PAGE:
In truth, I've been reflecting about life and death a lot this summer. In June, my grandmother--my Memaw--passed away. It was somewhat sudden. While her heath had been failing for years, she'd been moved out of the hospital and into assisted living following another health concern. We visited her on a Friday afternoon and she seemed her usual self, if a bit frustrated with being surrounded by people in far worse condition than her. She watched my sister do her recital dances, looked through photos from Scotland on my phone, and laughed and joked as always. Little did I know that day that it would be the last time I talked to her or hugged her. 

That following Monday morning, she passed away suddenly. Her body simply gave out. My parents, aunts, uncles, and cousins gathered at the rest home that day to say goodbye to her one last time. The next weeks flew by with funeral preparations, a funeral service where I felt farther from her than I ever had, and cleaning out her house.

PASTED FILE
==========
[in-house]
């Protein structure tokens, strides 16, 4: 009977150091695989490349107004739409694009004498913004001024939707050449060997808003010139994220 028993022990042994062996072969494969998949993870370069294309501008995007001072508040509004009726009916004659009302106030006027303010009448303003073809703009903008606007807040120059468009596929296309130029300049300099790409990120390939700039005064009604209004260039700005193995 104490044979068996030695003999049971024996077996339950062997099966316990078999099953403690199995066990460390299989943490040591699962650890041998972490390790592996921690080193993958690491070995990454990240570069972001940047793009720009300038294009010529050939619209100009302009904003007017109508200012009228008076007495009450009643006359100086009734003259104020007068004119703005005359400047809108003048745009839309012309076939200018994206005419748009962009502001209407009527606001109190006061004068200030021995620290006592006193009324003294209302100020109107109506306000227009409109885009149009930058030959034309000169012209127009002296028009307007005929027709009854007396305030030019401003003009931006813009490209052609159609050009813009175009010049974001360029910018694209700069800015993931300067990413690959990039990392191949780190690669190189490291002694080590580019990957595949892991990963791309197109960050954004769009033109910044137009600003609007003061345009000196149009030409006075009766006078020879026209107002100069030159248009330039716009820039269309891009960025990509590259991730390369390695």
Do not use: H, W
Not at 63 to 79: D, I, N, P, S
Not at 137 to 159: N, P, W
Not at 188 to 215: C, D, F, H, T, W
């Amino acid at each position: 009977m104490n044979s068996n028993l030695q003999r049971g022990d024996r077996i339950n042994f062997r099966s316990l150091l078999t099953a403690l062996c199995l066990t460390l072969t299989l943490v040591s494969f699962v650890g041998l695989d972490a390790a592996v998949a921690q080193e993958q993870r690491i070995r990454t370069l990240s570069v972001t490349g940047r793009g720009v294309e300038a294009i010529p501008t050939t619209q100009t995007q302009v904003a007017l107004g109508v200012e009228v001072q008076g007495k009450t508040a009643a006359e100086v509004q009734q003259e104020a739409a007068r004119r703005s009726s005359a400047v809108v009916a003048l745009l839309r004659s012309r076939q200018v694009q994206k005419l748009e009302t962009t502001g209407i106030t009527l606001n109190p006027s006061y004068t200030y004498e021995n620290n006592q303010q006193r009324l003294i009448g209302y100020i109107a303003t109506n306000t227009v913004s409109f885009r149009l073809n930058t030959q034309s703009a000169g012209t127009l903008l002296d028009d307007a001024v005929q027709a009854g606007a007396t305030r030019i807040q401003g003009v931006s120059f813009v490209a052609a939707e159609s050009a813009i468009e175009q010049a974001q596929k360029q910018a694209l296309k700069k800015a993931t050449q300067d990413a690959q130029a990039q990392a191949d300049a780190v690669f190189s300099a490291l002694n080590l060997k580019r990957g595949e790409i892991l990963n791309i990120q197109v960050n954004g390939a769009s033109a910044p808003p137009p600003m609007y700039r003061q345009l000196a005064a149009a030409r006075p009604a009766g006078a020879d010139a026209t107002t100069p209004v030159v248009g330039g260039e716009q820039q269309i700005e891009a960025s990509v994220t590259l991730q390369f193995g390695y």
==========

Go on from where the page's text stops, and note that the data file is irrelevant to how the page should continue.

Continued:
In cleaning out her house, I learned what a truly incredible woman my Memaw was. Despite being raised in a family with significant wealth, she was never snobbish. Indeed, she was one of the least prejudiced people I've met in my lifetime. She was in pageants and school plays and was a very stylish lady. She had an incredible love affair with my granddaddy and she doted on her many grandchildren. She had lived her life to the fullest. She had seen her children married and her grandchildren born. In fact, she'd even gotten to see most of her grandchildren married and starting families of their own. While I'm disappointed that she won't get to see me graduate from college, from a school so important to her family, I know she will be with me in spirit.